ST: How strong is the field this year, on paper at least?
Tim: They don't release the entry list until right before the race. But it doesn't really matter. All I can control is what I do. Preparing the best that I can, executing the race the best that I can, and then giving 100% on race day.
ST: When did you switch to mostly running and what was the impetus?
Tim: As a full time Ironman guy I was training a ton and was always fatigued so when my wife and I had our first son I hung it up. I can race well on 10-16 hours of running plus the racing is a lot less expensive and there are a ton of great races in Colorado. It was more about energy and time really. Now with my oldest in school I do have more time though.
ST: Does that mean you look at returning to triathlons?
Tim: Nah. I almost signed up for Ironman St George last year. I liked the challenge of the course and it was kind of close to home. If I do anything it will be Powerman Zofingen. I love duathlons and Zofingen has so much history and is a brutal event. Next year I might start off with American Zofingen and see how it goes.
ST: Talk about your personal favorite running event?
ST: Mt Evans is up there. It's really just a time trial. You against the grade and the altitude. If any event holds a place in my heart though it's still Kona. Nothing tops Kona.
ST: And on the trails?
Tim: The Leadville 100 for sure. It was my first try at running more than 50 miles and I placed 6th and had a really great day. I also like the race organization and it's history.
ST: How did you meet your wife?
Tim: Back in 1998 I was working nights as a janitor and training for Ironman during the day. I used to clean her office and she would work late some nights. I had a huge crush on her for months but it seemed creepy for a janitor to ask out an administrator. I eventually got up the nerve though and we were married 2 years later.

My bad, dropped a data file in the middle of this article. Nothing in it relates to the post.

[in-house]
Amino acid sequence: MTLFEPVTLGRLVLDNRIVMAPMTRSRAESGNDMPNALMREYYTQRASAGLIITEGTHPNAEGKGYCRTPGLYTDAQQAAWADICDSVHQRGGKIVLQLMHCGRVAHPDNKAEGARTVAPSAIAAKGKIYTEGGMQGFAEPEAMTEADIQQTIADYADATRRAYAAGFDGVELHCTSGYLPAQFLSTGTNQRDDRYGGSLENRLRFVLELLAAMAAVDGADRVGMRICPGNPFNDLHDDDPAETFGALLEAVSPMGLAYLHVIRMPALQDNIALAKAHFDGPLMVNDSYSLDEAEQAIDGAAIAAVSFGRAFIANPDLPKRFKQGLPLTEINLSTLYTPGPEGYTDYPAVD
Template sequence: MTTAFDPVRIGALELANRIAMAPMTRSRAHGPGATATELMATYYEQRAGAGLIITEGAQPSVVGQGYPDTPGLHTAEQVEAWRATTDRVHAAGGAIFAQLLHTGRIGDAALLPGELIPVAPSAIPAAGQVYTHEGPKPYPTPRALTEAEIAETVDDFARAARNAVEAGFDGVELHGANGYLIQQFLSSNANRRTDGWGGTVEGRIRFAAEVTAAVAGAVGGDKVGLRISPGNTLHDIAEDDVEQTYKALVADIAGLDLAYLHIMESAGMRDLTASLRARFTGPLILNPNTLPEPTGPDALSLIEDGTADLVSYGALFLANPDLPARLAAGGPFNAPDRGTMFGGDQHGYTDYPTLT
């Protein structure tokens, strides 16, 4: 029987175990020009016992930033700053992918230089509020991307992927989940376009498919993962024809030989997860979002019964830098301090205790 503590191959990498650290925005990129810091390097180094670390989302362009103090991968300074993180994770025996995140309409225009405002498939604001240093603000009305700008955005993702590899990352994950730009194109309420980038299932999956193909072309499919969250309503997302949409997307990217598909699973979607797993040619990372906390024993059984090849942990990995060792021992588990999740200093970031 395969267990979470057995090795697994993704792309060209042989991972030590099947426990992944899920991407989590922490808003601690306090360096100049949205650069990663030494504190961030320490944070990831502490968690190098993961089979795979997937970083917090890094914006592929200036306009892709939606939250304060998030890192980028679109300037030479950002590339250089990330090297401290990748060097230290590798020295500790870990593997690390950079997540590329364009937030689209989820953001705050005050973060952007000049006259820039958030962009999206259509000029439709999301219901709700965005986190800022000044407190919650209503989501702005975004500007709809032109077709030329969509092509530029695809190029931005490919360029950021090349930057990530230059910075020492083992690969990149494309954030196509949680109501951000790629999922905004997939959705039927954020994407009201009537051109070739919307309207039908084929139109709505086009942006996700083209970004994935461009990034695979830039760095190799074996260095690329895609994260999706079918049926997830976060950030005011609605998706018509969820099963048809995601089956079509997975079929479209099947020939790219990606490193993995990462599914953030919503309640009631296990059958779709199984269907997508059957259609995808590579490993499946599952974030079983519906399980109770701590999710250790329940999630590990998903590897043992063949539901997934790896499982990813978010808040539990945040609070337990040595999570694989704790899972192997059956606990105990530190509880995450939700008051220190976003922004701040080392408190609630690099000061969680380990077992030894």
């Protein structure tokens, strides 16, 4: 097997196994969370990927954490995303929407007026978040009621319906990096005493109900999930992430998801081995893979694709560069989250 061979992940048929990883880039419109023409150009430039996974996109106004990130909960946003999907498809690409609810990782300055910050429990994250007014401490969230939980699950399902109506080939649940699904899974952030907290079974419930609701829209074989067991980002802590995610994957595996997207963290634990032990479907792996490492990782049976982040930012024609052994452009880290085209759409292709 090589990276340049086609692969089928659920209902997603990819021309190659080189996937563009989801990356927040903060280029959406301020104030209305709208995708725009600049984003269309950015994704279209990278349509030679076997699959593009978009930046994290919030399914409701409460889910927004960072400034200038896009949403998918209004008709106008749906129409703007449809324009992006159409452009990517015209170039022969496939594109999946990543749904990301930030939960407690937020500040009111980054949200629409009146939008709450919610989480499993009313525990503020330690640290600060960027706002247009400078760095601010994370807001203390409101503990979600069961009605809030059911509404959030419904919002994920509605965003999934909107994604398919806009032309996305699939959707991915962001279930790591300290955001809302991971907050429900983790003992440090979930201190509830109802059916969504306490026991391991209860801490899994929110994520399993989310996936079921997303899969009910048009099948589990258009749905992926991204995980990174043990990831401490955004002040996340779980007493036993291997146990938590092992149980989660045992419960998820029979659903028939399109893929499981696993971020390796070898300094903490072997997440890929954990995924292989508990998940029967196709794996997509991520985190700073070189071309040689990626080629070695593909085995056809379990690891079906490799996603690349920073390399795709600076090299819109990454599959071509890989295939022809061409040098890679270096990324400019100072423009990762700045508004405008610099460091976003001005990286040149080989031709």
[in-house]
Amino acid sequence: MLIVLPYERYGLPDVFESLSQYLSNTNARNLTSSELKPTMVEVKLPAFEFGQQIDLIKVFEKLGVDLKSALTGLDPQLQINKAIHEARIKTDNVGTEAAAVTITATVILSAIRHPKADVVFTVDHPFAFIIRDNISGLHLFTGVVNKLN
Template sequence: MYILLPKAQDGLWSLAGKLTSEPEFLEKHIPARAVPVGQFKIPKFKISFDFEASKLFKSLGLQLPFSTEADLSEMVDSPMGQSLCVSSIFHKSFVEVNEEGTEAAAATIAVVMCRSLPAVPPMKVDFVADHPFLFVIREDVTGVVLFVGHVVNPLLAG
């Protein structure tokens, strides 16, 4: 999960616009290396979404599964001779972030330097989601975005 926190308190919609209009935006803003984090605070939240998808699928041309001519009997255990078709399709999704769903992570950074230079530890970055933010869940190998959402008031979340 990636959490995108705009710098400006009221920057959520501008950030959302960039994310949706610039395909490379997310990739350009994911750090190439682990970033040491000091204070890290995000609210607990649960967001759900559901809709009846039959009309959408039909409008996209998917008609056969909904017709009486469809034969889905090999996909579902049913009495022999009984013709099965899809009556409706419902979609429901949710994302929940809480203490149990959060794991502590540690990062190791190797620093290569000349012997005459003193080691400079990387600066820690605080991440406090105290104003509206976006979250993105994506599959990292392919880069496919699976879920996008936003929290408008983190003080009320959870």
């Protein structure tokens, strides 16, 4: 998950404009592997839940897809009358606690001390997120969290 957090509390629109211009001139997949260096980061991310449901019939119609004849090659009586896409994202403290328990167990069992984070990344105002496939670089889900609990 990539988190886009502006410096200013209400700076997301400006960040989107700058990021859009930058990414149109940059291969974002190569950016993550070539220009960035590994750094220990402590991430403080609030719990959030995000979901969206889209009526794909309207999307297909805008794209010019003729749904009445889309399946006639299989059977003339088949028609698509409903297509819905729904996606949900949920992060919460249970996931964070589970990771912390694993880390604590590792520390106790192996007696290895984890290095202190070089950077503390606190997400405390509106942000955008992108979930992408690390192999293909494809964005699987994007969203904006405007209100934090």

ST: When your wife tells folks about how you met, does it sound similar?
Tim: Ha! Not sure. We were working at Winter Park Resort and a lot of the janitors were the best and most serious snowboarders. I happened to be a serious triathlete. I think she probably respected the dedication.
ST: Do your boys like running?
Tim: Oliver is 3 and Ben is 6. They don't have a huge interest yet and I won't push them. I paid for college with running so that sounds like a pretty good deal to me! Really though I am only interested in them doing what makes them happy. As of right now it looks like Oliver is going to be Spiderman someday, which I don't think pays very well.
ST: You recently added a new family member named Shilo. Can you elaborate?
Tim: We had gone back home to Kansas to visit my mom and there was a dog tied to an old shed with a short line. He couldn't do anything but sleep in his own filth and neighbors had been feeding him. The owner had a couple of complaints for animal abuse against him. He's a super sweet and gentle dog and we've been wanting a dog for the boys (we have mountain lions and bears that wander through) as a companion for when they are outside.
ST: What did it take to get Shilo from the previous owners?
Tim: Not much. I didn't talk to the owner. I put Shilo (his new name) in my car and we drove home. You've never seen a happier dog! Or family. My boys adore him.
ST: Is there anything else we should know?
Tim: I keep a semi-updated blog at joghard.blogspot.com. There is years of training information in there. It's my journal of training and coaching information. I also do a weekly podcast for Endurance Planet where people write in and ask questions about triathlon and ultra running and I answer them.